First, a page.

Social worker Frances Fuller asks the Socorro City Council to help address youth homelessness. Fuller believes the city needs a youth shelter.
Cathy Cook| El Defensor Chieftain


The city of Socorro has a serious youth homelessness problem, according to Frances Fuller, a social worker with the Socorro Consolidated School District.

Fuller came before the Socorro City Council last week, asking them for help addressing the issue. She believes the city urgently needs a youth shelter but finding an entity to take on that liability has been a challenge.

“We do not have anywhere for a homeless 16-year-old to safely sleep,” said Fuller.

At the start of the school year, Fuller saw almost 60 students who are considered homeless, more than she’d ever seen before. The federal government’s definition of homeless includes living in a hotel and living doubled up with another family, like sleeping on someone’s couch.

“Students who are living doubled up have the same educational outcomes as students who are living on the street. They’re sheltered. We’re not necessarily worried about if they have heat tonight, in all cases,” she told the council. “However, are they going to graduate high school? Their educational outcomes are very poor.”

The school district cannot take on the liability of placing kids or a family in a hotel, said Fuller, and if the district did find funding for hotel vouchers, unaccompanied minors are usually not able to stay at hotels, again due to liability issues.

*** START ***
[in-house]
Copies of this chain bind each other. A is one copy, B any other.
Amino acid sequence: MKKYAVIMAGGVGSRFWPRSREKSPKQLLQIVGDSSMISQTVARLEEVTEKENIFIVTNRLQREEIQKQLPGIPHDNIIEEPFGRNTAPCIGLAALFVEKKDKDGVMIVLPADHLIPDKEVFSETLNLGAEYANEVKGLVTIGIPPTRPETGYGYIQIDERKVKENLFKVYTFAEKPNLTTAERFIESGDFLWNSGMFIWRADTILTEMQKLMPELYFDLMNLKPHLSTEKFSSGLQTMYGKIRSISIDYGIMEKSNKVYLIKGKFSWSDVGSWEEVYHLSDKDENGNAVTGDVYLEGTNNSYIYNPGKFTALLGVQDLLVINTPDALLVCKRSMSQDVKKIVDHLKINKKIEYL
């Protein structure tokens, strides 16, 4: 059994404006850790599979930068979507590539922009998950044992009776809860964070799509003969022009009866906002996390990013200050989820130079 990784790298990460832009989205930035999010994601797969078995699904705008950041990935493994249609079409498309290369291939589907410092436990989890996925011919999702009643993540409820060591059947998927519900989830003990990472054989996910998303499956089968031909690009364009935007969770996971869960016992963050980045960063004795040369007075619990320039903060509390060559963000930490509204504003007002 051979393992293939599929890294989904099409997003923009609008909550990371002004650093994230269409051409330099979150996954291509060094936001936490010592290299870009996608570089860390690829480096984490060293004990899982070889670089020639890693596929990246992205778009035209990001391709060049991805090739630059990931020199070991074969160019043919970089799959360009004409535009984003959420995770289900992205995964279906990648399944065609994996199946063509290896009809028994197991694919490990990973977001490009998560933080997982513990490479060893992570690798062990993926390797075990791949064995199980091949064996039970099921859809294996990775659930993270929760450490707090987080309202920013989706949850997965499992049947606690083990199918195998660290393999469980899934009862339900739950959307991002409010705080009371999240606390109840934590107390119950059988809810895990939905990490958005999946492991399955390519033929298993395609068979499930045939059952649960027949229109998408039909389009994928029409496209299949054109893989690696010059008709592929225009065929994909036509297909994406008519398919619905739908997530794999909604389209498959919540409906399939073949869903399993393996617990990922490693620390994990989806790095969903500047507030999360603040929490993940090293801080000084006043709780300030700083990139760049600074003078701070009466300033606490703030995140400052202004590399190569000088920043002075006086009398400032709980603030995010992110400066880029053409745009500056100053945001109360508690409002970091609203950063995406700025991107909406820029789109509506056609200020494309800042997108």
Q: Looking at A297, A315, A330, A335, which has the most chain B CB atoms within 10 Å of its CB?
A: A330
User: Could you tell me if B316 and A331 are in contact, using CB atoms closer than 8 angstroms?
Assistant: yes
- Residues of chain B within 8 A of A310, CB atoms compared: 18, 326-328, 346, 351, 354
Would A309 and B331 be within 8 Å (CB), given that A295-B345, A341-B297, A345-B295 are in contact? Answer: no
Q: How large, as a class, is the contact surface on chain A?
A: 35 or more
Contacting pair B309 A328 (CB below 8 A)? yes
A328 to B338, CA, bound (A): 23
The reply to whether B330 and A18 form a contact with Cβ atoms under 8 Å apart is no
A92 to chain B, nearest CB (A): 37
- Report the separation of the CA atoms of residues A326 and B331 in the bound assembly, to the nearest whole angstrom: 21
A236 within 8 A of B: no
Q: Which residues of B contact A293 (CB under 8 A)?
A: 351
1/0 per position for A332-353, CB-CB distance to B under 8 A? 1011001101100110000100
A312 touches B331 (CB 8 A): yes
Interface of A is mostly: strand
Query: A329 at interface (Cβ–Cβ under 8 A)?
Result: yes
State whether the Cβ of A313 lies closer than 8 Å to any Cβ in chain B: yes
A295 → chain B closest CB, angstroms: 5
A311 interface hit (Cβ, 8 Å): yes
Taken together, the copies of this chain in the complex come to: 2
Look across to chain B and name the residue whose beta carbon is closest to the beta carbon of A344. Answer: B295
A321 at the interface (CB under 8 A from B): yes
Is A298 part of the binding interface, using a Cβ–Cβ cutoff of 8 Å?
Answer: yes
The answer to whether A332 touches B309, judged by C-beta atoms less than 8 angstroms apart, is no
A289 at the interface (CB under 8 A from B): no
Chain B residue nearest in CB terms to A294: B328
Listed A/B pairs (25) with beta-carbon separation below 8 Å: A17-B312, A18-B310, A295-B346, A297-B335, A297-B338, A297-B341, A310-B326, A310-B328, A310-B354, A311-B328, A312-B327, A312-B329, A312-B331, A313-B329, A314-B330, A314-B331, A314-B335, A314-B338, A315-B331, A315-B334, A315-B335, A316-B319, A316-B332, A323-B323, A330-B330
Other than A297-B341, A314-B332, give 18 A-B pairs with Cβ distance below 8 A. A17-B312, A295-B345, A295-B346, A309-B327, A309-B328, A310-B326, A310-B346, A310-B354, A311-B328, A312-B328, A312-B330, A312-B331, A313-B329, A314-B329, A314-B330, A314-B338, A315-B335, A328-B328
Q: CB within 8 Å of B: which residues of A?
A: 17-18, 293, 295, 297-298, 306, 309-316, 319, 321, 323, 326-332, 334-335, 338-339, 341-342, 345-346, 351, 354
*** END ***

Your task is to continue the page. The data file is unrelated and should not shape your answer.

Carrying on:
“These children are leaving Socorro and I think that’s sad,” said Fuller.

Two weeks into school, the number of homeless students went down to 36. The other students transferred out of the district because there was nowhere for them to go in Socorro, she said.

There are youth shelters in Albuquerque that could serve as a model. Many existing youth shelters are funded by CYFD and run by nonprofits, she said. Positive Outcomes might be willing to help but cannot take on a youth shelter on their own, said Fuller. SCOPE has talked about trying to fund a position to help oversee a shelter or funding hotel vouchers, but also has not been able to work around the lack of a facility and the issue of liability, said SCOPE coordinator Samantha Winter.

Fuller said she needs assistance from the city funding a shelter and assistance finding or creating a facility.

The councilors and mayor asked for a copy of an existing grant application for a youth shelter that had been rejected and committed to advocating for funding and helping Fuller search for long term solutions.

In a separate matter, a decision on whether or not to allow a mobile home park on Cuba Street has been delayed. The council determined they should get a recommendation from the Planning and Zoning Committee, as outlined in city ordinances, before deciding whether or not to grant the special use permit required.

The hiccup is that four of the seven Planning and Zoning Committee members quit during the pandemic and need to be replaced before the committee can make any recommendations. So, the city council will have to appoint new members to the committee. The committee will then discuss the request, take input from the developer and the neighbors, and make a recommendation to the city council, who will make the ultimate decision on the permit.

The developer would like to put 38 mobile homes on a little more than four and a half acres. His adopted father attempted to do the same thing a decade ago, but the neighbors objected to it and the necessary permit was never approved. Neighbors filled at least two rows of seats at the council meeting, prepared to voice their concerns, but did not speak after the issue was sent on to Planning and Zoning.

The next Council meeting will be 6 p.m. Tuesday, Feb. 7 at City Hall.

Cathy Cook, Editor, El Defensor Chieftain